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Television: Opiate of the People

2 minute read

What is wrong with TV? In an interview last week in the trade monthly Television, TV’s topflight Edward R. Murrow sounded off on the question with the kind of gloves-off candor that the industry resents from outsiders.

“It might be helpful,” said Murrow, “if those who control television and radio would sit still for a bit and attempt to discover what it is they care about. If television and radio are to be used to entertain all of the people all of the time, then we have come perilously close to discovering the real opiate of the people.

“If you sit and talk with executives of big corporations, you find that as individuals they care about a hell of a lot of things that are never reflected in the programs they sponsor. There is often a complete divorcement between the individual and his corporate personality. I’m not saying that his primary job is to educate, but the sponsor cannot escape his responsibility . . . for contributing to the level of taste.”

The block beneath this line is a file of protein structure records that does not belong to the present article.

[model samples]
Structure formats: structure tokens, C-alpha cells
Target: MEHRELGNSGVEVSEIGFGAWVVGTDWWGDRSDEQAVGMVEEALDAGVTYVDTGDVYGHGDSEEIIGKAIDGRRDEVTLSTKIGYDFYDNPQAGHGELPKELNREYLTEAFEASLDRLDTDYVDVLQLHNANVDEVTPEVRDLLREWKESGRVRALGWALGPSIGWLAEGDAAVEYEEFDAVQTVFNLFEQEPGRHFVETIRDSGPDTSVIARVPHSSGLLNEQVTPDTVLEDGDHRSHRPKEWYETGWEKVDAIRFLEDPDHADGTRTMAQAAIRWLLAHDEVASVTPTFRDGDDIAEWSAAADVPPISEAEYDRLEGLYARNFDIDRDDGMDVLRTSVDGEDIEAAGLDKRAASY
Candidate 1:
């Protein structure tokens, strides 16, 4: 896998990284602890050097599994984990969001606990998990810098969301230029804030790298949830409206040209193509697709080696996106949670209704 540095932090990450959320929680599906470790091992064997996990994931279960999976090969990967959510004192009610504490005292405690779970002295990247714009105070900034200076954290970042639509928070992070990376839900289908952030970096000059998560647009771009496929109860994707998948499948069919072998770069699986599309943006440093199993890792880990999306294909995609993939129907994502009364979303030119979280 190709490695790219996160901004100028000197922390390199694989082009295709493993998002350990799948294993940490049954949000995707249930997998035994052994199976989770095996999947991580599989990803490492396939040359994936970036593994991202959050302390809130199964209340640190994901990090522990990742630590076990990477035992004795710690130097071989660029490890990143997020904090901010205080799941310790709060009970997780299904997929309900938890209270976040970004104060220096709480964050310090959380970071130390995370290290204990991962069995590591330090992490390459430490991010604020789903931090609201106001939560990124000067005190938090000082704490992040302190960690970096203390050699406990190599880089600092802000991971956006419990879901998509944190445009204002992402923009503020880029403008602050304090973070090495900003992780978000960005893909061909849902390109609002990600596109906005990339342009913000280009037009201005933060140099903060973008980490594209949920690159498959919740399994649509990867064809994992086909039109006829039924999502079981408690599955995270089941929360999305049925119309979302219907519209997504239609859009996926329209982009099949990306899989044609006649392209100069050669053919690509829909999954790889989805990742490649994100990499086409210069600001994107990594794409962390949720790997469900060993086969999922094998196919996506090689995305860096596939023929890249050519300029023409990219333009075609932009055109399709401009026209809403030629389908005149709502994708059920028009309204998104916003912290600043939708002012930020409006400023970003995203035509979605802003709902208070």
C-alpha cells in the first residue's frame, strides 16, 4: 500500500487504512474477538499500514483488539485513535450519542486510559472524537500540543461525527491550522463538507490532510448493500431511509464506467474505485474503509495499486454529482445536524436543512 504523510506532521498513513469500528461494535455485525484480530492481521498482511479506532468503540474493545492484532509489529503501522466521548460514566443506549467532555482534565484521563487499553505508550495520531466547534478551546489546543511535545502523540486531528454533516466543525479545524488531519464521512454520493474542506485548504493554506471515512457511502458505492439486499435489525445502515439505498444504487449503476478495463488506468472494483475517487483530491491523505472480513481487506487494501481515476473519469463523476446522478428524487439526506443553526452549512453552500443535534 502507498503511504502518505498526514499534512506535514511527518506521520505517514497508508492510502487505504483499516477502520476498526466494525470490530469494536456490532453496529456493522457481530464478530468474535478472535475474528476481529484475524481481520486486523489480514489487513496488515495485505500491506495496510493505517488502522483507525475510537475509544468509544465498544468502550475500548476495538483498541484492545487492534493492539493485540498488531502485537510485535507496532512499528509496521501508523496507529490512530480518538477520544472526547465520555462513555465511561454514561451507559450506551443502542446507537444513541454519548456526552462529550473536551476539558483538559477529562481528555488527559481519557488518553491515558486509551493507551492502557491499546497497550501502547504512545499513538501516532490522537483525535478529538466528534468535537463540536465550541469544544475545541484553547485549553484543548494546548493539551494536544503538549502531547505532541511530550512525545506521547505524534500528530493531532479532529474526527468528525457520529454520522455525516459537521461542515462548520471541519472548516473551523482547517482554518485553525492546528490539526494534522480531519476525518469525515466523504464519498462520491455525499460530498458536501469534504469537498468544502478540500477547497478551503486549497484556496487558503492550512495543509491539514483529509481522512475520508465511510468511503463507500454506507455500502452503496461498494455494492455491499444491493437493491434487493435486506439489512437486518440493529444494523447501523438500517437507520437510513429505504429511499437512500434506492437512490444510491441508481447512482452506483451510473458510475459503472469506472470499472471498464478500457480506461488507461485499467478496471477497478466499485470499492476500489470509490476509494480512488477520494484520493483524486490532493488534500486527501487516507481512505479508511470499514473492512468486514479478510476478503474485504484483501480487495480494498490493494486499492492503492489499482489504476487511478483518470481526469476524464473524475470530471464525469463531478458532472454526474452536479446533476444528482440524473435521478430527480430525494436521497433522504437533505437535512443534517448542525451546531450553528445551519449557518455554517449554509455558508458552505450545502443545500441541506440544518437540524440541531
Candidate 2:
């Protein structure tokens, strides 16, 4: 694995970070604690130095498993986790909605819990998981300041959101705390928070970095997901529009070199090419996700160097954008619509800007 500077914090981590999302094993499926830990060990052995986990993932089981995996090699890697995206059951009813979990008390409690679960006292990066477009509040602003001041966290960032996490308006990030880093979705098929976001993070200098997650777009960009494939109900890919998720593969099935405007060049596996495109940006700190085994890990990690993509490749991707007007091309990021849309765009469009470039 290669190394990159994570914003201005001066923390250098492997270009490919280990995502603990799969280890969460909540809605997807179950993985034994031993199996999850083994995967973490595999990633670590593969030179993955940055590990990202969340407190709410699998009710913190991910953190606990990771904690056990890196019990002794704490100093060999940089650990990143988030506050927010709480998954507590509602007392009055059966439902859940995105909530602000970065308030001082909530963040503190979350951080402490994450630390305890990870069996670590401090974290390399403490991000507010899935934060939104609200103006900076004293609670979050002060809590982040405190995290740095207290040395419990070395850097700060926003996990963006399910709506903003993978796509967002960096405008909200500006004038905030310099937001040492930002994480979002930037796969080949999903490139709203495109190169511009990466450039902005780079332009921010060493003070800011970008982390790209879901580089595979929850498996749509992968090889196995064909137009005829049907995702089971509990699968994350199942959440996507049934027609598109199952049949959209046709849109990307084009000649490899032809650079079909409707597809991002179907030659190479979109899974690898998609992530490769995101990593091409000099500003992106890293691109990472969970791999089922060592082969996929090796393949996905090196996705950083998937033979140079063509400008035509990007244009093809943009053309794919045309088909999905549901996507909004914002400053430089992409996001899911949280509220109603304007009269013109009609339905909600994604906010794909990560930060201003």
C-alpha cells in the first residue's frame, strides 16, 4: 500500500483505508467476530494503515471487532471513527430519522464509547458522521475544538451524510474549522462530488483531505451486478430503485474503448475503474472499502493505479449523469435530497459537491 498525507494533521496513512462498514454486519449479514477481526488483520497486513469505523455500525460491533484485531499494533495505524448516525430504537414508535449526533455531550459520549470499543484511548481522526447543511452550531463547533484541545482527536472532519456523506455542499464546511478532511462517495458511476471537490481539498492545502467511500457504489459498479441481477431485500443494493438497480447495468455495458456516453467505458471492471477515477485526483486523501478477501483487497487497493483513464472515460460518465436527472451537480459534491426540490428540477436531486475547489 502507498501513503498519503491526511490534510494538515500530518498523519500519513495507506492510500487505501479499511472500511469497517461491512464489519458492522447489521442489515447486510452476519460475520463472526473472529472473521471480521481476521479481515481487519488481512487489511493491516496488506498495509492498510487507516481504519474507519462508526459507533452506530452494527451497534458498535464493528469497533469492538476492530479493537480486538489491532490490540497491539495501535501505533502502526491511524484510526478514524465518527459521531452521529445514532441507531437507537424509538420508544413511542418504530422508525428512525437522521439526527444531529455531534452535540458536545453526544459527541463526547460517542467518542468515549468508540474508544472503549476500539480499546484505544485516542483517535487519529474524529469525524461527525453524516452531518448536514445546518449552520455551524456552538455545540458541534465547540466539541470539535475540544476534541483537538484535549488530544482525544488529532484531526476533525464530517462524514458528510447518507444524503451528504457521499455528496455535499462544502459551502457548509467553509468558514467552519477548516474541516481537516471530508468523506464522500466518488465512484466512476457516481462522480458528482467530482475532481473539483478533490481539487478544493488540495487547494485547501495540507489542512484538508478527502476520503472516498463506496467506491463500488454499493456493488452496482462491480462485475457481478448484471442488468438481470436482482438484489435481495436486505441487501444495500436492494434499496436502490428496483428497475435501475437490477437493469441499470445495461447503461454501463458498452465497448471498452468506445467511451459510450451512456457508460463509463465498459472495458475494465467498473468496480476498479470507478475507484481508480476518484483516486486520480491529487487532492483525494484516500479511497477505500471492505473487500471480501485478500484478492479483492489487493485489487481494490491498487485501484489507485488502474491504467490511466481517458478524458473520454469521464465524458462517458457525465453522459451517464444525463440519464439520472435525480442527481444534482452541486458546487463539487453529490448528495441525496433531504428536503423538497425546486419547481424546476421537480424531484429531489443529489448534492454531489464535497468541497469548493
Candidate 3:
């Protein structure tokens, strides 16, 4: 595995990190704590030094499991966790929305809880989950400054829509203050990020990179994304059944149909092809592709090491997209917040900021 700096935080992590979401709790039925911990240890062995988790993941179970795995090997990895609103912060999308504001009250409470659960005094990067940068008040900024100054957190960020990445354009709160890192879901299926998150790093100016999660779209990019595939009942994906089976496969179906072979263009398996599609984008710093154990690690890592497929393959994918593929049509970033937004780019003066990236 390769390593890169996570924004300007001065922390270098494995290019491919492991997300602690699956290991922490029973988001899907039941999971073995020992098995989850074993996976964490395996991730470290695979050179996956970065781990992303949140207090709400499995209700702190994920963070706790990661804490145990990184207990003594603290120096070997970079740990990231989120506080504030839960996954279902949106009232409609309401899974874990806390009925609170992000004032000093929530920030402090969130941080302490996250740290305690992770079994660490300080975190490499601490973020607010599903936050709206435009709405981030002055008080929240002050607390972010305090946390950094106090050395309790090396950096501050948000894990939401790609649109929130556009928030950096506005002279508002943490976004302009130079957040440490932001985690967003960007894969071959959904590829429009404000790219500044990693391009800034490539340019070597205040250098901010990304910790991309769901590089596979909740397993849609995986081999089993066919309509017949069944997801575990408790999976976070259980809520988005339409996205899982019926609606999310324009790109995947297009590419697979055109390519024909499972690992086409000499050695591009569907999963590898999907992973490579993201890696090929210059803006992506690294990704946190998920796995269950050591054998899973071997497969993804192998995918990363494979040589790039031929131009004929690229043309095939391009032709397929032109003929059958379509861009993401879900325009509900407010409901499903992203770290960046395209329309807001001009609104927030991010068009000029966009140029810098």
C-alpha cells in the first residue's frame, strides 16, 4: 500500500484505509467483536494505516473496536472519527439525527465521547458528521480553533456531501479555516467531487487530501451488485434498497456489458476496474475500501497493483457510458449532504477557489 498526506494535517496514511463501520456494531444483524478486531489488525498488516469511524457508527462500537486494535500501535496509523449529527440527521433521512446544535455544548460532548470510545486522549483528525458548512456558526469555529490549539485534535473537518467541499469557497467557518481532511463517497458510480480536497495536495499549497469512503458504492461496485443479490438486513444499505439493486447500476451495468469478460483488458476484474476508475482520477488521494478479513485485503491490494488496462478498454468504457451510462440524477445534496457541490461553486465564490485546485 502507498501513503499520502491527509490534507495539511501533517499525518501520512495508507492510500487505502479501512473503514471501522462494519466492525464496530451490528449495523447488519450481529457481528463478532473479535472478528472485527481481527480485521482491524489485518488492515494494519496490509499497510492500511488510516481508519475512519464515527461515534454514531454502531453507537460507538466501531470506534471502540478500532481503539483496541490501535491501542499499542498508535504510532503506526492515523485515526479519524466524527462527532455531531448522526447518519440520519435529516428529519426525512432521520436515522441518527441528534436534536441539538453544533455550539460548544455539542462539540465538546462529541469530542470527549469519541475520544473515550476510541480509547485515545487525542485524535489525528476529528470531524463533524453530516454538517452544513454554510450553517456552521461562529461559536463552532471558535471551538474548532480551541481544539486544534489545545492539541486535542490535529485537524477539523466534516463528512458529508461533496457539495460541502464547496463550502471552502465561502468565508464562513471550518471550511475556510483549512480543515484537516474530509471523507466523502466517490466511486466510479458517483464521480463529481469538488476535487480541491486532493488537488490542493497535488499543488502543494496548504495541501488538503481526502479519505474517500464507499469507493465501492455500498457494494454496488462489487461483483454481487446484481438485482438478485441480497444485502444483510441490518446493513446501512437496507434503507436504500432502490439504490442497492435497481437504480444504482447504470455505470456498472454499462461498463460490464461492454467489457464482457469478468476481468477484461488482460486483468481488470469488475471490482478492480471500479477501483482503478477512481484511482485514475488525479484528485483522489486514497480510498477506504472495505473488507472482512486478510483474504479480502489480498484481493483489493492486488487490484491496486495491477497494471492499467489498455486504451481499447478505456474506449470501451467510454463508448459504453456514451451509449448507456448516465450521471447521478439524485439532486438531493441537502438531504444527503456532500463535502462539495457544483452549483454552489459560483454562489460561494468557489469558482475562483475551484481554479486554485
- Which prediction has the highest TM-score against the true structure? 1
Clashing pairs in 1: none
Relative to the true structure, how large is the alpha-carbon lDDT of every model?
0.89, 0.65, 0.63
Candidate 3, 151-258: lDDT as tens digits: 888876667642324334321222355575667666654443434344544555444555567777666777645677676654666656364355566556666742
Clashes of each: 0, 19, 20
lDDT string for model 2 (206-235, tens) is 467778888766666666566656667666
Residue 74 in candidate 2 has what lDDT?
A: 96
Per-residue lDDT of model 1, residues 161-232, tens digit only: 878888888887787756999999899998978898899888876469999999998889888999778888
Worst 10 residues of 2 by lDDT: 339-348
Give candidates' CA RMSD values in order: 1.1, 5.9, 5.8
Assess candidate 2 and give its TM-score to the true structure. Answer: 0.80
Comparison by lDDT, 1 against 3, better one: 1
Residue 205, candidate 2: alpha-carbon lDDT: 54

In hewing to the line of mass appeal, argued Murrow, sponsors and broadcasters are lowering the prestige of TV to the point where the viewer is taking it less seriously—and its commercial credibility has begun to suffer. He added: “Perhaps the answer is that so-called public-service programing has got to get better. It must be done with more imagination, and achieve greater appeal . . . I don’t believe that television has even begun to tap the possibilities that lie in the field of reality.”

One way for TV to build its vitality and prestige, said Murrow, is for the networks and stations to use their neglected right to editorialize. Last week, in a speech at the National Press Club in Washington, Murrow’s boss, CBS President Frank Stanton, also upheld the right of broadcasters to editorialize, but stressed how thorny a right it is. TV, complained Stanton, lacks the tradition and experience of the press in editorializing; moreover, “it would be most difficult [for networks] to take editorial positions acceptable to all our affiliated stations.” Commentator Murrow had a more succinct explanation for the failure of broadcasters to editorialize. Said he: “They have no guts.”

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